Minn. — Frailty can affect people of all ages and
demographics. Defined simply as "an increased
vulnerability to adverse health outcomes," frailty can
affect a patient’s chances of surviving a surgical procedure
or needing a nursing home. A new study from physicians at Mayo
Clinic in Rochester, Minn., published recently in the Journal
of Heart and Lung Transplantation, is among the first to show
a definitive connection between frailty and survival after a
lung transplant procedure.
Clinic researchers studied 102 individuals who received lung
transplants at Mayo Clinic between Jan. 1, 2002, and Dec. 31,
2013, and found that patients who were frail had a decreased
survival rate compared to patients who were not frail.
to the report, 46 percent of the patients studied were
considered to be frail based on an assessment of 14 activities
of daily living, such as difficulty climbing stairs,
dependency on oxygen or noninvasive ventilation for normal
breathing and difficulty with housekeeping chores. Of those
considered to be frail, 63 percent were female with an average
age of 57. Within this study population, there were 32 deaths
within the first three years post-transplant.
on this population, we saw a definitive association between
pre-transplant frailty and decreased survival after
transplantation," says Cassie Kennedy, M.D., Pulmonology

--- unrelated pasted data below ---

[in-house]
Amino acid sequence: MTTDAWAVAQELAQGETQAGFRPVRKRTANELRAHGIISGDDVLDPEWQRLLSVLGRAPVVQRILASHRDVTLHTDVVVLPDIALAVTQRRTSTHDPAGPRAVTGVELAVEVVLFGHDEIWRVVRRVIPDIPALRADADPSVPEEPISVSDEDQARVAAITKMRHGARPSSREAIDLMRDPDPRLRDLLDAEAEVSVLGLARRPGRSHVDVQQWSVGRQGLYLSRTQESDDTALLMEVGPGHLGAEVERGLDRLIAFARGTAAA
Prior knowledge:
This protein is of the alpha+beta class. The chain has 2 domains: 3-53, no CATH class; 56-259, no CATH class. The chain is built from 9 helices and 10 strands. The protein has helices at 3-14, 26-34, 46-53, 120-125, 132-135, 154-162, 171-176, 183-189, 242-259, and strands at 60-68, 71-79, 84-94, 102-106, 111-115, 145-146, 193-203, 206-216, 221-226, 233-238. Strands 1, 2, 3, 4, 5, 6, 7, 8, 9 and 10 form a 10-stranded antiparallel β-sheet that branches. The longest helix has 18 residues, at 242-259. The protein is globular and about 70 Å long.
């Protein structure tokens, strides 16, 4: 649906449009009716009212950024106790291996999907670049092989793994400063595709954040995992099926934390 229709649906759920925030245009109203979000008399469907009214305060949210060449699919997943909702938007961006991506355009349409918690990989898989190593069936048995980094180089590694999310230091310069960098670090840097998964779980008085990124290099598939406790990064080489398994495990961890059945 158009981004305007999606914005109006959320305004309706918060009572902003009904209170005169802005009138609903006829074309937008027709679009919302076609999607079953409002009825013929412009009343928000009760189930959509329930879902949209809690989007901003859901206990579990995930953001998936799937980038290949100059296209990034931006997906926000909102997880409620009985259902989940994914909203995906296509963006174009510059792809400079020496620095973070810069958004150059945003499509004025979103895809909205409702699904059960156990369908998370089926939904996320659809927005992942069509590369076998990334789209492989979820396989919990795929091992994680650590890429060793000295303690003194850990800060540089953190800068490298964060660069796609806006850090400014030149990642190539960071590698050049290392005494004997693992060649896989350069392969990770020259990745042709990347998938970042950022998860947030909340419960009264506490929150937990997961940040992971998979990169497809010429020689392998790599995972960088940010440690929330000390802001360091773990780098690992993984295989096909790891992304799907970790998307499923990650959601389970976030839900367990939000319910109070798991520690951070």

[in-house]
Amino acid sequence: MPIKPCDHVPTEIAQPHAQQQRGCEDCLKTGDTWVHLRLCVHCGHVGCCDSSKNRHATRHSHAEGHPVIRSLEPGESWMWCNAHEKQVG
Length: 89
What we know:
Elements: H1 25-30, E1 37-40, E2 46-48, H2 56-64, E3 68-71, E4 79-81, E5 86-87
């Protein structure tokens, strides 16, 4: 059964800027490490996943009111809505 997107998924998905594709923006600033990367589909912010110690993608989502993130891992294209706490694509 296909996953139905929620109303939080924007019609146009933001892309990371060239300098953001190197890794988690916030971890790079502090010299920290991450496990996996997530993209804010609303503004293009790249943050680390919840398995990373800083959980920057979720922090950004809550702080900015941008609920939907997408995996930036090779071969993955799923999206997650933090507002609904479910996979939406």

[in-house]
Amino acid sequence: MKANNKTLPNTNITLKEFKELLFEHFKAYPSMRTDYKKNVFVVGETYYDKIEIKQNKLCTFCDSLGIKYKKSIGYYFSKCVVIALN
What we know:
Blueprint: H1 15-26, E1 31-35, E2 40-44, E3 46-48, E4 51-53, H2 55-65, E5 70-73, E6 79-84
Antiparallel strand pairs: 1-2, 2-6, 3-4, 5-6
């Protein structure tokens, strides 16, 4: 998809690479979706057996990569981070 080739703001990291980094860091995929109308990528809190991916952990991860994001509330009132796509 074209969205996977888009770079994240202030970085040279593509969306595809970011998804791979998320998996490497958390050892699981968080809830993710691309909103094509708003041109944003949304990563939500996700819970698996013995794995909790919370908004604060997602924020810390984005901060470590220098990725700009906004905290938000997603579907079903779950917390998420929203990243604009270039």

and Critical Care Medicine, Mayo Clinic. "This suggests
that we may be able to help patients live longer with fewer
complications after a transplant by intervening early to
prevent or lessen the severity of frailty."
to Kennedy, Mayo Clinic researchers found that the one-year
survival rate for frail patients was 71.7 percent, compared to
92.9 percent for patients who were not frail. At three years,
the survival rate for frail patients was 41.3 percent,
compared to 66.1 percent for patients who were not frail.
the connection between frailty and lung transplant survival
and outcomes can help physicians deliver a more accurate
prognosis for transplant patients and, ultimately, get
patients and their families engaged in taking steps to improve
long-term outcomes and survival," says Kennedy.
adds that future studies in this area will more clearly define
the role that frailty plays in identifying candidates for lung
transplantation, with the potential to influence selection
guidelines and transplant center policies.